The reader will perhaps be surprised by the small number of buildings to which reference has been made. But it is to be remembered that the following chapters pretend only to be a statement of principles, illustrated each by one or two examples ; not an Essay on European architecture; and those examples I have generally taken either from the buildings which I love best, or from the schools of architecture which, it appeared to me, have been less carefully described than they deserved. I could as fully, though not with the accuracy and certainty derived from personal observation, have illustrated the principles subsequently advanced, from the architecture of Egypt, India, or Spain, as from that to which the reader will find his attention chiefly directed, the Italian Romanesque and Gothic. But my affections, as well as my experience, led me to that line of richly varied and magnificently intellectual schools, which reaches, like a high watershed of Christian architecture, from the Adriatic to the Northumbrian seas, bordered by the impure schools of Spain on the one hand, and of Germany on the other: and as culminating points and centres of this chain, I have considered, first, the cities of the Val d’Arno, as representing the Italian Romanesque and pure Italian Gothic; Venice and Verona as representing the Italian Gothic coloured by Byzantine elements ; and Rouen, with the associated Norman cities, Caen, Bayeux, and Coutances, as representing the entire range of Northern architecture from the Romanesque to Flamboyant.
 
I could have wished to have given more examples from our early English Gothic; but I have always found it impossible, to work in the cold interiors of our cathedrals ; while the daily services, lamps, and fumigation of those upon the Continent, render them perfectly safe. In the course of last summer I undertook a pilgrimage to the English Shrines, and began with Salisbury, where the consequence of a few days’ work was a state of weakened health, which I may be permitted to name among the causes of the slightness and imperfection of the present Essay.
 
 
 

CONTENTS.

Introductory ... i
 
Chapter I. The Lamp of Sacrifice .. 8
II. The Lamp of Truth .. 29
III. The Lamp of Power .. 70
IV. The Lamp of Beauty .. 103
V. The Lamp of Life...148
VI. The Lamp of Memory ..176
VII. The Lamp of Obedience...199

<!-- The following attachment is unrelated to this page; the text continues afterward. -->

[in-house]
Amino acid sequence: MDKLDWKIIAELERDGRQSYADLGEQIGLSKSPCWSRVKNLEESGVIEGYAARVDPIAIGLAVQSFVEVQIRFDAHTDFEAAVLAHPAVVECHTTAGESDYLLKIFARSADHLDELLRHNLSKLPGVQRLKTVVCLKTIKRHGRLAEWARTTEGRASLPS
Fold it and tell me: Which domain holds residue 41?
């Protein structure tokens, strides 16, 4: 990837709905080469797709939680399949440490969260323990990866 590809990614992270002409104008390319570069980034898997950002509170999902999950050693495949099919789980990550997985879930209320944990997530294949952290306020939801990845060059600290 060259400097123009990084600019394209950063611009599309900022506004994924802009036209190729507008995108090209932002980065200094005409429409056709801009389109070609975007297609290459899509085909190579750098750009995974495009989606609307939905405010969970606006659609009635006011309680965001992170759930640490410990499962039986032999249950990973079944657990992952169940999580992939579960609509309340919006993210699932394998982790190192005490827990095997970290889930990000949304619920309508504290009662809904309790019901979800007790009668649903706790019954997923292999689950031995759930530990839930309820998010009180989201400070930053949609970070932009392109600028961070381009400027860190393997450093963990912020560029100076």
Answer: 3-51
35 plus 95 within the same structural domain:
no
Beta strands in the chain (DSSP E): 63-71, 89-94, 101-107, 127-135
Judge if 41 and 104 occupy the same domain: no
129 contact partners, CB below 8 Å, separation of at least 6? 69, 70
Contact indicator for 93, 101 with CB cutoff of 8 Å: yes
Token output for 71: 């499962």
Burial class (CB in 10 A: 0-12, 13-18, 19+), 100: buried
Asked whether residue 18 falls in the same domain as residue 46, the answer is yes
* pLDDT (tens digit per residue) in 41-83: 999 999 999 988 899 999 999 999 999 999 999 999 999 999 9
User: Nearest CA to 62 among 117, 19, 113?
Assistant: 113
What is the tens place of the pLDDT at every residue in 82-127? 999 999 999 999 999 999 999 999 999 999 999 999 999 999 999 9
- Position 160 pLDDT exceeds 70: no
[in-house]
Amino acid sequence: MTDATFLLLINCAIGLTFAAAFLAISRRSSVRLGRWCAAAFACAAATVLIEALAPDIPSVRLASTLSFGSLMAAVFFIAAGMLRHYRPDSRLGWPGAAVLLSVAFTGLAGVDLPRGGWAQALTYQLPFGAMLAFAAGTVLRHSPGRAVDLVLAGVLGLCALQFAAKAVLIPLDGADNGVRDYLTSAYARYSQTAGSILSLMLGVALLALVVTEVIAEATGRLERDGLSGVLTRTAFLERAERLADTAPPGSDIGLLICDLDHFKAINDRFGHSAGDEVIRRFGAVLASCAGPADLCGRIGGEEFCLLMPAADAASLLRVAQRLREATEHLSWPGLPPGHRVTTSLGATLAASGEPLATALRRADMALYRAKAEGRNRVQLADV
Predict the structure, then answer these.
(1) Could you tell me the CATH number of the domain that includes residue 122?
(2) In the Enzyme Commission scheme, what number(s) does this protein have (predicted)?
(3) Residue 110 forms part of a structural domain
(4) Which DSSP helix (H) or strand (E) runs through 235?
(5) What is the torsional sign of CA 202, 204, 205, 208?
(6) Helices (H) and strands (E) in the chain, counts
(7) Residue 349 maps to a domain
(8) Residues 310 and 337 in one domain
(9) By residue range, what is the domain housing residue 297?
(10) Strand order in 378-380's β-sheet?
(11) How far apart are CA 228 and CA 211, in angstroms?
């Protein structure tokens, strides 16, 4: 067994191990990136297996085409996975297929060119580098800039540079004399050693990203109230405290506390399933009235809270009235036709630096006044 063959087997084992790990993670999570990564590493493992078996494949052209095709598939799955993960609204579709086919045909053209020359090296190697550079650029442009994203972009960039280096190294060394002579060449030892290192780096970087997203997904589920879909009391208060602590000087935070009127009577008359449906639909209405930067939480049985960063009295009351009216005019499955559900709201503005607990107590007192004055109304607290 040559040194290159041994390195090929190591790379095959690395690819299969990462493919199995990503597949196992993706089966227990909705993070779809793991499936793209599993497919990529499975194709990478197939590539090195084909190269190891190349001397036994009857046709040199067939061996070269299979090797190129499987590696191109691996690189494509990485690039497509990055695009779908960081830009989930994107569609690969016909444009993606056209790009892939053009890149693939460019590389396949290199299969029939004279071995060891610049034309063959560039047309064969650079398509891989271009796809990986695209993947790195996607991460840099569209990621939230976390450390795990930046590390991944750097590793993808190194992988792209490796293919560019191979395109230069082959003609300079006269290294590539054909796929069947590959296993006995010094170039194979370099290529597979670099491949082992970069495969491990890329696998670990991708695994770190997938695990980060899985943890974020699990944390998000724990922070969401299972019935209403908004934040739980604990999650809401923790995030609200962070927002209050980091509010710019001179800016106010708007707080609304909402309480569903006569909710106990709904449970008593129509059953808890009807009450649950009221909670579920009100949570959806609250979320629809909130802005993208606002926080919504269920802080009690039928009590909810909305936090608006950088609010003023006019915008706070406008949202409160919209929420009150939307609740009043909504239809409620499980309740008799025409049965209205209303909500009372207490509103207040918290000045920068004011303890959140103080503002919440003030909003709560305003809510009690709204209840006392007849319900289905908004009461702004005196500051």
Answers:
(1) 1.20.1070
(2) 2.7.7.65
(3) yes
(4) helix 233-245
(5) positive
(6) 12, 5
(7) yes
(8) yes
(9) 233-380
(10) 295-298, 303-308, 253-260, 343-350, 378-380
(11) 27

Appendix I. 215
ІІ. 218
III. 219
IV. 220
V. 221
 
 

LIST OF PLATES.

I. Ornaments from Rouen, St. Lo, and Venice . . to face page 27
II. Part of the Cathedral of St. Lo, Normandy ..53
III. Traceries from Caen, Bayeux, Rouen, and Beauvais .. 59
IV. Intersectional Mouldings .. 66
V. Capital from the Lower Arcade of the Doge’s Palace, Venice .. 89
VI. Arch from the Façade of the Church of San Michele at Lucca . 92
VII. Pierced Ornaments from Lisieux, Bayeux, Verona, and Padua . 95
VIII. Window from the Ca’ Foscari, Venice . 97
IX. Tracery from the Campanile of Giotto, at Florence . Title page
X. Traceries and Mouldings from Rouen and Salisbury . 126
XI. Balcony in the Campo St. Benedetto, Venice . 136
XII. Fragments from Abbeville, Lucca, Venice, and Pisa .. 155
XIII. Portions of an Arcade on the South Side of the Cathedral of Ferrara 168
XIV. Sculptures from the Cathedral of Rouen . 173
 
 

PLATES

I. Ornaments from Rouen, St. Lo, and Venice
I. Ornaments from Rouen, St. Lo, and Venice
 
 
II. Part of the Cathedral of St. Lo, Normandy
II. Part of the Cathedral of St. Lo, Normandy
 
 
III. Traceries from Caen, Bayeux, Rouen, and Beauvais
III. Traceries from Caen, Bayeux, Rouen, and Beauvais
 
 
IV. Intersectional Mouldings
IV. Intersectional Mouldings
 
 
V. Capital from the Lower Arcade of the Doge’s Palace, Venice
V. Capital from the Lower Arcade of the Doge’s Palace, Venice
 
 
VI. Arch from the Façade of the Church of San Michele at Lucca
VI. Arch from the Façade of the Church of San Michele at Lucca
 
 
VII. Pierced Ornaments from Lisieux, Bayeux, Verona, and Padua
VII. Pierced Ornaments from Lisieux, Bayeux, Verona, and Padua
 
 
VIII. Window from the Ca’ Foscari, Venice
VIII. Window from the Ca’ Foscari, Venice
 
 
IX. Tracery from the Campanile of Giotto, at Florence
IX. Tracery from the Campanile of Giotto, at Florence
 
 
X. Traceries and Mouldings from Rouen and Salisbury
X. Traceries and Mouldings from Rouen and Salisbury
 
 
XI. Balcony in the Campo St. Benedetto, Venice
XI. Balcony in the Campo St. Benedetto, Venice
 
 
XII. Fragments from Abbeville, Lucca, Venice, and Pisa
XII. Fragments from Abbeville, Lucca, Venice, and Pisa
 
 
XIII. Portions of an Arcade on the South Side of the Cathedral of Ferrara
XIII. Portions of an Arcade on the South Side of the Cathedral of Ferrara
 
 
XIV. Sculptures from the Cathedral of Rouen
XIV. Sculptures from the Cathedral of Rouen